The market hummed with activity that morning. A lone piece of gravel crunched under my foot but I didn’t notice. My senses were too busy with the scent of sugar-fried dough, the pleas of vendors, the vats of boiling grease, the kind warmth of my beloved Mexican sun. I bought a small bag of strawberries and let their juices melt into my tongue, my naughty smile bringing curious stares. Shoulders bumped me. Voices sang out deals. Sweat beaded up in the small of my back and the strawberries kept me centered. In the juice of my hungry spirit.
I wandered past the plant lady, the silver man, the baskets, the glassware, the jewelry and the pottery. I touched some wooden bowls, some leather belts, a wreath made of corn husks, and a few purses made of oil cloth. My sandaled feet were content, or so I thought. And yet I never stopped walking for very long—tasting another strawberry here, admiring a new craft there, wandering somewhere I hadn’t yet known.
His paintings were hidden. They weren’t on the main path. I looked over at a table of trinkets and when I looked up to smile at the vendor, a wash of color over his shoulder caught my eye. I propped my sunglasses atop my head, swallowed my last bit of strawberry and looked again. And like a magnet, found my way…closer, closer, closer still…
‘Hallo’, he said with foreign sweetness.
‘Hello’, I returned, my eyes sparkling.
He watched as I stared. I tried not to, really I did, but I couldn’t stop. The colors, they danced. The shapes, they sang. And the feelings that suddenly awakened in me…wow...who was the painter? I needed to know. I looked up and into his eyes, the secret of every man’s soul.
I offered him a strawberry.
He told me of the little green men who lived under his house. Of the places they took him when he dreamed. He told me of the blues in the lakes and the forests, of the deep purples in hidden hearts, of the yellows and the oranges and the reds and the turquoises, his paint splotched fingers talking in the air, his eyebrows arching and bending like frantic fuzzy worms. He showed me what the paintings said, where their songs belonged and why all the other people that day walked by, every one, unable to see. My heart raced. My fingers tingled. And I think the eyes of my heart, they must’ve grown.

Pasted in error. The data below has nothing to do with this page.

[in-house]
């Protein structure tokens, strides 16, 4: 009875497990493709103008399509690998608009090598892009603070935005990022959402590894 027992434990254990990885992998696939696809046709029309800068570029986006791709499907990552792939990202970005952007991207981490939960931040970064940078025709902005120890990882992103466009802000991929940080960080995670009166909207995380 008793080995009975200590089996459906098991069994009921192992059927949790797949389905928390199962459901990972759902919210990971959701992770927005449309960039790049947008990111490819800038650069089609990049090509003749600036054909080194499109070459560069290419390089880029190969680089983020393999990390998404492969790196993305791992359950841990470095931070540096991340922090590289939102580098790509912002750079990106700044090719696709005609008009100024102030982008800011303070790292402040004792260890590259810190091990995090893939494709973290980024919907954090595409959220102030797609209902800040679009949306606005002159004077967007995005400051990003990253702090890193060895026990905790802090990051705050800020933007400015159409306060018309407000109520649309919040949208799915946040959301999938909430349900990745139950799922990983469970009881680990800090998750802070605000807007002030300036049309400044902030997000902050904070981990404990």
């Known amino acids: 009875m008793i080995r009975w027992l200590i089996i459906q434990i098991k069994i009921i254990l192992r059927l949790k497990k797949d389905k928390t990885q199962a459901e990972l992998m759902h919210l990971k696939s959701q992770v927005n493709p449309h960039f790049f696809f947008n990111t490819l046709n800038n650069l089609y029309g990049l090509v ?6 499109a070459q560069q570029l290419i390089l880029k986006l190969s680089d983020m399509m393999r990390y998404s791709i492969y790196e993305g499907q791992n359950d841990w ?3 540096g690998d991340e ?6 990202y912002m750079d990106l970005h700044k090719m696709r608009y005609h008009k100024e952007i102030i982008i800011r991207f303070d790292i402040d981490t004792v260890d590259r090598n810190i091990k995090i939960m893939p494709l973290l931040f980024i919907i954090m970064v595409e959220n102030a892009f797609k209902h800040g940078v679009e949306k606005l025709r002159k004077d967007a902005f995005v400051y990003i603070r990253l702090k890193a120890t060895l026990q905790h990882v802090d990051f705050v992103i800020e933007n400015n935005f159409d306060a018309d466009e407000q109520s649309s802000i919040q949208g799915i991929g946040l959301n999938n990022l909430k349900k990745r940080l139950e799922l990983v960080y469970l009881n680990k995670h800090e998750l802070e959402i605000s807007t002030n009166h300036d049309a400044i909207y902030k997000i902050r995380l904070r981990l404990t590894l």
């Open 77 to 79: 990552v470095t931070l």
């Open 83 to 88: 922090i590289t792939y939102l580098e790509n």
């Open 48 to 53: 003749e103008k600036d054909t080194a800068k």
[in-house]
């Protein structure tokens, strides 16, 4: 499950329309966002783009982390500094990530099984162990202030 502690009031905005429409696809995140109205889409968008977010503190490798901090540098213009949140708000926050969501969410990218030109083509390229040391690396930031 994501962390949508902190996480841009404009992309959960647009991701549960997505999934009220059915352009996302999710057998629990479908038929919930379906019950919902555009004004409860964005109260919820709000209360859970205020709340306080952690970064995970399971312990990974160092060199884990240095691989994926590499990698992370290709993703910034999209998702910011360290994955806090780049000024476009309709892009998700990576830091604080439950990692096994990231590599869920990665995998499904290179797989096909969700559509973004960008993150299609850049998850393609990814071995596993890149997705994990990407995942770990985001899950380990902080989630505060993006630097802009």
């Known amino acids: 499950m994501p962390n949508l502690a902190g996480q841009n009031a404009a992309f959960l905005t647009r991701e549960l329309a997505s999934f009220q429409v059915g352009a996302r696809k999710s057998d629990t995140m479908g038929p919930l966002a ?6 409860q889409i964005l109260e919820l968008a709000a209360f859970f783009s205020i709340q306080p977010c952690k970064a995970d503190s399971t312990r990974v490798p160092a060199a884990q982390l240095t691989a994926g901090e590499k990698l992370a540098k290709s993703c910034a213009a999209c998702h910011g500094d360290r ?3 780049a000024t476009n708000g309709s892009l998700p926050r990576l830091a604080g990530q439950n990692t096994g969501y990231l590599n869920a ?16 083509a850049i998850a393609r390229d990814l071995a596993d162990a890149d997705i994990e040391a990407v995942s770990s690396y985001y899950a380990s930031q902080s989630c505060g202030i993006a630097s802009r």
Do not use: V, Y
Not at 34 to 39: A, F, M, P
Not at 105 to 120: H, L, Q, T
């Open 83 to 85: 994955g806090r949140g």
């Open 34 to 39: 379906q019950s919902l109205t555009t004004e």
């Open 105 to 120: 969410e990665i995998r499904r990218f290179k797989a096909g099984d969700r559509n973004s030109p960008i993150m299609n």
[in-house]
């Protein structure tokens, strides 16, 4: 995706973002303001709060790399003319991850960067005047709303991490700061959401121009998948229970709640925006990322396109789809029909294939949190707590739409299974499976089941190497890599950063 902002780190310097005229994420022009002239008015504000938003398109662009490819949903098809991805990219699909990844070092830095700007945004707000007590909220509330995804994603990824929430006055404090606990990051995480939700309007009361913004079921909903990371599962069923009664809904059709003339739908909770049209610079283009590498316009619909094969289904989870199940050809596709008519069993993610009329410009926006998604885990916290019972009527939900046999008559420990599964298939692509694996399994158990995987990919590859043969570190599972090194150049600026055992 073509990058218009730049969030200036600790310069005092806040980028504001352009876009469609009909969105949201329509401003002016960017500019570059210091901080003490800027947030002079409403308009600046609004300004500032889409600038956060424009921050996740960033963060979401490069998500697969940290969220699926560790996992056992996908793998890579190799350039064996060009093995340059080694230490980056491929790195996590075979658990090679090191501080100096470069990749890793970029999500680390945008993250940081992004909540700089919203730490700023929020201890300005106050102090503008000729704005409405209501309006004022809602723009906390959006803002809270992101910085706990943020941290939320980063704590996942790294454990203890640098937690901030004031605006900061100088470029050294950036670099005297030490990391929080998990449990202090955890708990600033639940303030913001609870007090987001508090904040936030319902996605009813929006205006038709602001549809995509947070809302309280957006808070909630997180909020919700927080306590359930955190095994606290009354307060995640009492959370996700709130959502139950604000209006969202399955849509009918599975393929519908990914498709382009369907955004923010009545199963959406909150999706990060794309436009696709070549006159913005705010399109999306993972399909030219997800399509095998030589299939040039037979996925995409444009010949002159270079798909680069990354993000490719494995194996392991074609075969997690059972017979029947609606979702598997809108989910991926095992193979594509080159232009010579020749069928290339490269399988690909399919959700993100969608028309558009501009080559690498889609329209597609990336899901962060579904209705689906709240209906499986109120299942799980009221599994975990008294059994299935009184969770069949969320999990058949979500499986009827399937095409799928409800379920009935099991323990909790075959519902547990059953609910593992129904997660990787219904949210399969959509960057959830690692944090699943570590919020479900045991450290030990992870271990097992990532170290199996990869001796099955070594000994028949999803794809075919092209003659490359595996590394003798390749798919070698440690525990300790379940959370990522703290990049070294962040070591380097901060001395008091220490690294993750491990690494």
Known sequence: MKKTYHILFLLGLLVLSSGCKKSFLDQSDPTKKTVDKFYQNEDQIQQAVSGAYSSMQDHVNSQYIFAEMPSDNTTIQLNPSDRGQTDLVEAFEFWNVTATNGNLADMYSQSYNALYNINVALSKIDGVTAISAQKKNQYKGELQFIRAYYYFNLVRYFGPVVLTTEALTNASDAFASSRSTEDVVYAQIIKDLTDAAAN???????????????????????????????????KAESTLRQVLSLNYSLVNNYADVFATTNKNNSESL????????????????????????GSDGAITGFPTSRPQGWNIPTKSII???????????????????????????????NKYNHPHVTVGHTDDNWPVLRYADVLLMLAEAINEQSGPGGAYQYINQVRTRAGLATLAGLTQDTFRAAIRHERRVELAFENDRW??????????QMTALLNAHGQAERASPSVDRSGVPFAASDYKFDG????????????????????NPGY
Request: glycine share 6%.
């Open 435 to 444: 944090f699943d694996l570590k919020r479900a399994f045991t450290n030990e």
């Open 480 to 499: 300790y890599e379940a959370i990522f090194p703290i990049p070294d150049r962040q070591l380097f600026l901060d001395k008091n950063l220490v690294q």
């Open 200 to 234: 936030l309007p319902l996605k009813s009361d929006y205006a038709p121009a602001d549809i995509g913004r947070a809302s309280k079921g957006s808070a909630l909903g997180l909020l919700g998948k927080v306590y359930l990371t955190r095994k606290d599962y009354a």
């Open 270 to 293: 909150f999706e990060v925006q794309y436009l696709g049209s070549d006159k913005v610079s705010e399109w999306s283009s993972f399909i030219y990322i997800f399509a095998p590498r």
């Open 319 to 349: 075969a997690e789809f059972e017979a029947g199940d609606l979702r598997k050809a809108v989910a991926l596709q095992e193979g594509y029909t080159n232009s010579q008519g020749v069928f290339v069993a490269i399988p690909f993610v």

‘That one. You must take it home. It belongs to you.’ He was so sure, I almost felt naked, revealed. How did he know?
I gave him a nervous laugh. ‘I wish I could. Maybe one day. It’s beautiful.’ An original painting? Me? I spent my weekly budget on my bag of strawberries. (Ok, practically.) There was no way I could afford his work. No way.
‘You see it. It sees you. It belongs to you.’
I gave him a double take. My skin itched. I looked over at the painting again. ‘I don’t have enough.’
‘Yes you do.’ His voice was calm, kind.
‘Look,’ I opened my wallet. ‘I have 500 pesos (less than $50) and I need at least 100 for gas to get home. That’s not enough.’
But he didn’t hesitate, he just reached down, picked up the painting and handed it me. ‘400 pesos, then. I told you, it belongs to you’
* * *
What do you want to walk toward? And why then, do you walk away? What would happen if you lost yourSelf in the sweetness of the strawberry and went for it, let your itchings show you the way? Might magic happen? I dare you. I dare you to try it, to let yourSelf see....